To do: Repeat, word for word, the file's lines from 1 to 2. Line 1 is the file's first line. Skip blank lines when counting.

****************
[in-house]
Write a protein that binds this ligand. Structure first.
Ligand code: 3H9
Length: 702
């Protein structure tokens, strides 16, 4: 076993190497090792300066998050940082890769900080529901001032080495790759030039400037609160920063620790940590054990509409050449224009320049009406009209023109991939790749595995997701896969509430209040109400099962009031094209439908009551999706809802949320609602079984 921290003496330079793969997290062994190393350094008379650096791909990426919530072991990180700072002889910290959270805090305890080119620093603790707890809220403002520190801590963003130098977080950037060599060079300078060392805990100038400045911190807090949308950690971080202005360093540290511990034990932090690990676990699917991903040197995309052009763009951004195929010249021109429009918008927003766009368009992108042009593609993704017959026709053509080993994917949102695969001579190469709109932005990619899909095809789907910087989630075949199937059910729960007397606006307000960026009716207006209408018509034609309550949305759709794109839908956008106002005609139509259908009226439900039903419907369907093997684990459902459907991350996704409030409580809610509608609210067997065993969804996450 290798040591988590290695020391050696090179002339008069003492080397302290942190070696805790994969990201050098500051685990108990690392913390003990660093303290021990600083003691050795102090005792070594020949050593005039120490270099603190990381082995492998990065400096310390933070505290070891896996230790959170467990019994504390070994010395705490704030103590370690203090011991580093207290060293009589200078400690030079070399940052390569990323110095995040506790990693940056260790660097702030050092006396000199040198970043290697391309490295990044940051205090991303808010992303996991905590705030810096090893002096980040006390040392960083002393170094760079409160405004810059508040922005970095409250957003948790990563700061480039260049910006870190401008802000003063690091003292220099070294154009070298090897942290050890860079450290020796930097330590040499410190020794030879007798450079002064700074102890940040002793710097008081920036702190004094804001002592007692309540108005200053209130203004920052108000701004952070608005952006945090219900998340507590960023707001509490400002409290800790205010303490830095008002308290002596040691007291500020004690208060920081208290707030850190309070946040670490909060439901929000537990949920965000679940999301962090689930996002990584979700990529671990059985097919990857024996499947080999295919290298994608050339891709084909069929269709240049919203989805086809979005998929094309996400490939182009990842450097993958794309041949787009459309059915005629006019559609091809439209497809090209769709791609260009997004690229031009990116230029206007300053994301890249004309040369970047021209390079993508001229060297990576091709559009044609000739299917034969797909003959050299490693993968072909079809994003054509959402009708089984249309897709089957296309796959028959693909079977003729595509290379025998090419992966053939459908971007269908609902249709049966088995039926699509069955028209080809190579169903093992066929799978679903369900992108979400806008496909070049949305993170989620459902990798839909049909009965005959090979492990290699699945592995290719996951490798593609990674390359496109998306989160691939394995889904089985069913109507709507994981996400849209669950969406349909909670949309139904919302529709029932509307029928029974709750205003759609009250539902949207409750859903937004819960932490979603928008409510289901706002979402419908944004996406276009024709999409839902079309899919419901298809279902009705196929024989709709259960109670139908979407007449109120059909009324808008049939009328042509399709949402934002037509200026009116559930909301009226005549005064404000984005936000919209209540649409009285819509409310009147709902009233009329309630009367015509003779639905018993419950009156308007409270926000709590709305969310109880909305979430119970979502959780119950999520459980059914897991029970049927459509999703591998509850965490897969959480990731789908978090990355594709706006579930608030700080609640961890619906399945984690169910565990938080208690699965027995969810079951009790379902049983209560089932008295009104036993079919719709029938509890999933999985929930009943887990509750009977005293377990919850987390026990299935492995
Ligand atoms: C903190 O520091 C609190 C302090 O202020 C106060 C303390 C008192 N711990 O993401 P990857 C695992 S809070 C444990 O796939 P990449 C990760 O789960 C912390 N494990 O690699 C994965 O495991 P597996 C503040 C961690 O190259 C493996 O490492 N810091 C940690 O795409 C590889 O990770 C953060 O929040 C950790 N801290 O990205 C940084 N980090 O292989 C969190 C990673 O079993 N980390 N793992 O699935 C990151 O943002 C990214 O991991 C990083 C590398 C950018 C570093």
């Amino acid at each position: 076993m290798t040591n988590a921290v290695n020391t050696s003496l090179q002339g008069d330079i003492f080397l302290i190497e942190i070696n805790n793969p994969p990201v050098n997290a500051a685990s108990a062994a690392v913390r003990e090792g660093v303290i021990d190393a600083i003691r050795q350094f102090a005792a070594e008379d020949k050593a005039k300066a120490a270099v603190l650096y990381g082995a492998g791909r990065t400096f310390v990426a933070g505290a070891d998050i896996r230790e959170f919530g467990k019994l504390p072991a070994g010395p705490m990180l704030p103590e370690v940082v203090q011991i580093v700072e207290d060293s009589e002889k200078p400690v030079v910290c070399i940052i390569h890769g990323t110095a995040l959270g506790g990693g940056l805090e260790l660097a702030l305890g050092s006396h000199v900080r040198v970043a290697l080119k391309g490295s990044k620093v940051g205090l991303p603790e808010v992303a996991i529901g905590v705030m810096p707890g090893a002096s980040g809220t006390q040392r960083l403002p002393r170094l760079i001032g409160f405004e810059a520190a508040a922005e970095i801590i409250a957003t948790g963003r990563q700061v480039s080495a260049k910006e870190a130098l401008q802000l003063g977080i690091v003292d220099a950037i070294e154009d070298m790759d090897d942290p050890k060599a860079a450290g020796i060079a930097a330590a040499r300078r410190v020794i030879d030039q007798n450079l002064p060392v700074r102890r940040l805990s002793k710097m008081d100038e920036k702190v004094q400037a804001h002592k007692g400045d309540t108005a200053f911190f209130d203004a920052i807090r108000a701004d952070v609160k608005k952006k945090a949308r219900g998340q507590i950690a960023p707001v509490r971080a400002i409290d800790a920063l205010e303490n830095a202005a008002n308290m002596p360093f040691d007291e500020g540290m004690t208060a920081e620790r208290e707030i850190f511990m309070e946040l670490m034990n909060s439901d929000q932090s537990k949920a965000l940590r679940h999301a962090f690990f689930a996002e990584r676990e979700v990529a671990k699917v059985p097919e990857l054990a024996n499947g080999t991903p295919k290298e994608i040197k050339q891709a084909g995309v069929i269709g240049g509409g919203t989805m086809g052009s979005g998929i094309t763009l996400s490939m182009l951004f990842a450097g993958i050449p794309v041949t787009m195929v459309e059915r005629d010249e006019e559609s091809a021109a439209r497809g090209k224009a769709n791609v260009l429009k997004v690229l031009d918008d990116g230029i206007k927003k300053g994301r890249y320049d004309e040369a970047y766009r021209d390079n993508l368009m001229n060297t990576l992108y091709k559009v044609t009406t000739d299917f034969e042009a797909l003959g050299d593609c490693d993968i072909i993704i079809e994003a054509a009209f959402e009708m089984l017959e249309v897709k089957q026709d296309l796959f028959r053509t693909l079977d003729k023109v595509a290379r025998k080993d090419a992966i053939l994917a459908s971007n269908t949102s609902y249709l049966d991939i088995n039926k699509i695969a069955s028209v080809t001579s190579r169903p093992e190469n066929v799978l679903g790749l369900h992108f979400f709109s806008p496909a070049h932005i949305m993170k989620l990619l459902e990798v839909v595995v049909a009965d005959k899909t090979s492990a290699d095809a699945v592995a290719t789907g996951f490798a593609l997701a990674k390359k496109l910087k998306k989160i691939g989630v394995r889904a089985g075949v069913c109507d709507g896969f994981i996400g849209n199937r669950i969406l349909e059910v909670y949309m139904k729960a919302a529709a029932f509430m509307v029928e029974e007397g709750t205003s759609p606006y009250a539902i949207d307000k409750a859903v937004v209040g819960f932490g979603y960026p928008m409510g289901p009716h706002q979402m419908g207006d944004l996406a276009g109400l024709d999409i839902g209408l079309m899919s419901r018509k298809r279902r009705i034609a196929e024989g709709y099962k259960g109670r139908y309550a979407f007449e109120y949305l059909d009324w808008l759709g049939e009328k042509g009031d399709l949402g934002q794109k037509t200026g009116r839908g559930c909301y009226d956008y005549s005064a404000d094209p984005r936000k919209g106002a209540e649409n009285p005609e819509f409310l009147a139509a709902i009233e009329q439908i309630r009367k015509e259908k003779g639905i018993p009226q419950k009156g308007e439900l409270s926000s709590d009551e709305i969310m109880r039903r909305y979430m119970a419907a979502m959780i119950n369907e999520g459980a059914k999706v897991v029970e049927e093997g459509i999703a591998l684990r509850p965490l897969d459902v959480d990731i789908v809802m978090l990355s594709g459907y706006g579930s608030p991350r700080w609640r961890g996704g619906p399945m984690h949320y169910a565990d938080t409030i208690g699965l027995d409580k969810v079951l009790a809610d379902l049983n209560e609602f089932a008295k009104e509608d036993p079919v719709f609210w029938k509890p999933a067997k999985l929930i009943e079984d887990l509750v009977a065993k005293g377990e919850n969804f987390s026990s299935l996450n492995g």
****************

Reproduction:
[in-house]
Write a protein that binds this ligand. Structure first.